skip to content

Department of Politics and International Studies (POLIS)




This year's talk was given by Professor Lucio Baccaro of the Max Planck Institute for the Study of Societies


Professor Lucio Baccaro will look at three ongoing research projects. The first has to do with Italy's economic stagnation of the past twenty-five years (Baccaro and D'Antoni 2020). It is argued that Italy's decision to "tie its hands" to the euro has contributed to its economic stagnation, leading to both compression of aggregate demand and counterproductive supply-side policies (especially re-privatization and labour market reform).


The second project asks why despite the economic failure, there is still support for the euro in Italy (Baccaro, Bremer and Neimanns 2021a). Original survey data show that support has a very clear class gradient: the lower classes (measured through perceived economic status or occupational status or income) are much more likely to prefer exit to remain. The core basis of support for the euro is concentrated among the better off and pensioners, and among voters of the mainstream left. However, a survey experiment shows that Italians are especially sensitive to the costs of austerity, and there are real risks of a popular backlash against the euro in case of a financial crisis (which is made more likely by absence of growth and staggering public debt).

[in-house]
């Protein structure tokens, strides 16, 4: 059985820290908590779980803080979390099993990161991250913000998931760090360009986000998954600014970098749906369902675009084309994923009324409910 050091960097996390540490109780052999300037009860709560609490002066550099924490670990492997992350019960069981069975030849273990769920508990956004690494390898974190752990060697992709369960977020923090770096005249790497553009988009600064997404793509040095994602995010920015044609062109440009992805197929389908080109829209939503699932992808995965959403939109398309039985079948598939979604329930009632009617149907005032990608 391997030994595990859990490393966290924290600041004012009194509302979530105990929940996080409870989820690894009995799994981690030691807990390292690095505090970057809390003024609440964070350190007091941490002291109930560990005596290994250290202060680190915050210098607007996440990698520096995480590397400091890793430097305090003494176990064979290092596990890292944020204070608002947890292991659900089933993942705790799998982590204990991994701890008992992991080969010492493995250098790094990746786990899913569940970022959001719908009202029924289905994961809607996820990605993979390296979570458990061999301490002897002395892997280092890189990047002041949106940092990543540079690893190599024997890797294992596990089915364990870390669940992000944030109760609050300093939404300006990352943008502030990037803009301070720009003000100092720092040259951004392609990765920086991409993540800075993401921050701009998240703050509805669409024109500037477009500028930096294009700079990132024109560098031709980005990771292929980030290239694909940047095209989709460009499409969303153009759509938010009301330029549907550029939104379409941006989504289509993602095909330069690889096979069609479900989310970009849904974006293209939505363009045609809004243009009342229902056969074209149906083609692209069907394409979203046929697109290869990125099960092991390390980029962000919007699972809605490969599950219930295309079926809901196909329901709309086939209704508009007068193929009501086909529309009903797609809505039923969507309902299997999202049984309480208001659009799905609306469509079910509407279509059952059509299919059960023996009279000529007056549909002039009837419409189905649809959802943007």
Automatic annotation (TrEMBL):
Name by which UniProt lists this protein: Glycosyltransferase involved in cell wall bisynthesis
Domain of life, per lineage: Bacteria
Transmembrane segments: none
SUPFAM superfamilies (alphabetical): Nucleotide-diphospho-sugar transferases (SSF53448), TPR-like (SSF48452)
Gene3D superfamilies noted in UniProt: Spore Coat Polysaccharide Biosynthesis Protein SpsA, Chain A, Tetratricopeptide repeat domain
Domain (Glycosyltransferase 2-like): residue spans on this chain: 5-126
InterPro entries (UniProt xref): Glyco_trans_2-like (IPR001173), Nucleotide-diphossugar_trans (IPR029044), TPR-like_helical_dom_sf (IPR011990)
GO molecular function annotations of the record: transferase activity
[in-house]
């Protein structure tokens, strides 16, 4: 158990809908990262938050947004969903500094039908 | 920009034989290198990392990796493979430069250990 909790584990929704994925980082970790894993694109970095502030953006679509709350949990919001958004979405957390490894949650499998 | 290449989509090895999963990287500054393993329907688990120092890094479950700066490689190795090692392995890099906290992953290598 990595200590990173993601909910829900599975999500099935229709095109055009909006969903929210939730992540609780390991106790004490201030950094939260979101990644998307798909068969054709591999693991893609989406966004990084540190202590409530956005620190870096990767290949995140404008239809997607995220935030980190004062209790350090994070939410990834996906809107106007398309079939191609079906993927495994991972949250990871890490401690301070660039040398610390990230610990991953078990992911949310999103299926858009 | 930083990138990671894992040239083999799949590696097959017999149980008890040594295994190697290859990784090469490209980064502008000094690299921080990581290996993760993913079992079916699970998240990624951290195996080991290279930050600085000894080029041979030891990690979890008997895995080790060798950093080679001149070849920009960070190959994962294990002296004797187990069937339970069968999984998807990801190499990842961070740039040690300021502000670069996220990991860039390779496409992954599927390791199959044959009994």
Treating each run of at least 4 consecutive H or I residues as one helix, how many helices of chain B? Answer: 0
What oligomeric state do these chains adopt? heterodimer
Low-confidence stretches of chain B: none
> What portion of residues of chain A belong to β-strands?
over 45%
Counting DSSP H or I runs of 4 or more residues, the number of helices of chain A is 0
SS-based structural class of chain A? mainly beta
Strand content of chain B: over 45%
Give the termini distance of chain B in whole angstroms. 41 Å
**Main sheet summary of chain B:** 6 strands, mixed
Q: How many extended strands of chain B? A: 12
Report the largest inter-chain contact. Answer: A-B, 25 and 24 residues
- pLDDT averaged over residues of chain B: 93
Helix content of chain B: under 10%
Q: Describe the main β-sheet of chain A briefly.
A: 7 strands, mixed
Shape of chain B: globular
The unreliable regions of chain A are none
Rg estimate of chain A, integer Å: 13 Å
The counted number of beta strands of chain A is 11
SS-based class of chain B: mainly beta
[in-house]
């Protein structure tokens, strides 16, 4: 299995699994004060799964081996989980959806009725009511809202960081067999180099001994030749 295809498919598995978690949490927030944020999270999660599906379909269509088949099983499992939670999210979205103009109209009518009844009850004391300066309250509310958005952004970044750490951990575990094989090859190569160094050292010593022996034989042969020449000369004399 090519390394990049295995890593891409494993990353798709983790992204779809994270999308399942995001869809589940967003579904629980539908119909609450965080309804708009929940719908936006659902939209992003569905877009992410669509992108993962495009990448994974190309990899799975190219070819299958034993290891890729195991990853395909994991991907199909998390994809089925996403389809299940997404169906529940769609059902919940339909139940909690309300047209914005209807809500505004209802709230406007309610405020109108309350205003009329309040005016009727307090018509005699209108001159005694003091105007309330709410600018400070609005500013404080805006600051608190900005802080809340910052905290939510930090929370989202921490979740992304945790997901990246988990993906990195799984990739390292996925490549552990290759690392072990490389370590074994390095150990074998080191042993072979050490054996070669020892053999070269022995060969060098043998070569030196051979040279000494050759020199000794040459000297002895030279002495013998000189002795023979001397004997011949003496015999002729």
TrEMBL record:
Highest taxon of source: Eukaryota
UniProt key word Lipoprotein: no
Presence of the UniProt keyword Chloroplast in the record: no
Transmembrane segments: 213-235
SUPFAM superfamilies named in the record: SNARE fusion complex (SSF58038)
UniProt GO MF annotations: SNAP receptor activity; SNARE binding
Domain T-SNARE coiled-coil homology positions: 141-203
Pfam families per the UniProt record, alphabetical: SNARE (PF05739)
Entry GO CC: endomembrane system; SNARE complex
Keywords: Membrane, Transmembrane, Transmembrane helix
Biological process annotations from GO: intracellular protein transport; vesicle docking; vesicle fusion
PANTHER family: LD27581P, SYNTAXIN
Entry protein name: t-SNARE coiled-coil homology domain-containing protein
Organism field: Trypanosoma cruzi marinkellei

The third project asks what are the consequences for the eurozone if a systemically important country like Italy threatens to exit (Baccaro, Bremer, and Neimanns 2021b). A novel survey experiment in Italy and Germany suggests that faced with a credible threat of losing the euro, German voters become (narrowly) willing to support fiscal risk-sharing (e.g. Eurobonds), differently from the first phase of the euro crisis. Importantly, Germans and Italians assess the risks of a break-up of the eurozone very differently, with Italians much more likely to discount its costs. Qualitative evidence suggests that German politicians specifically sought to improve public perception in Italy and other southern countries by supporting "coronabonds".


The eurozone stands or falls with Italy. The economic consequences of Covid-19 threaten to worsen its economic crisis, pushing it closer to exit. But they also create opportunities for fundamental reform of the euro. However, such reform will have to be much more radical than what has been achieved so far. The Recovery and Resilience Facility alone is unlikely to stabilize the eurozone.


Lucio Baccaro, a citizen of both Italy and Switzerland, was born and raised in Italy and began his scholarly career with a degree in philosophy from the University of Rome. He went on to study business administration and political science with stays at top academic locations. He was awarded a doctorate in labour law and industrial relations from the University of Pavia in Italy in 1997 and a PhD in management and political science from the Massachusetts Institute of Technology (MIT) in 1999. Following further research stays at MIT and the International Labour Organization (ILO), he was appointed in 2009 to a professorship in sociology at the University of Geneva in Switzerland. In 2017, the Max Planck Society appointed him as Scientific Member and Director at the Max Planck Institute for the Study of Societies in Cologne.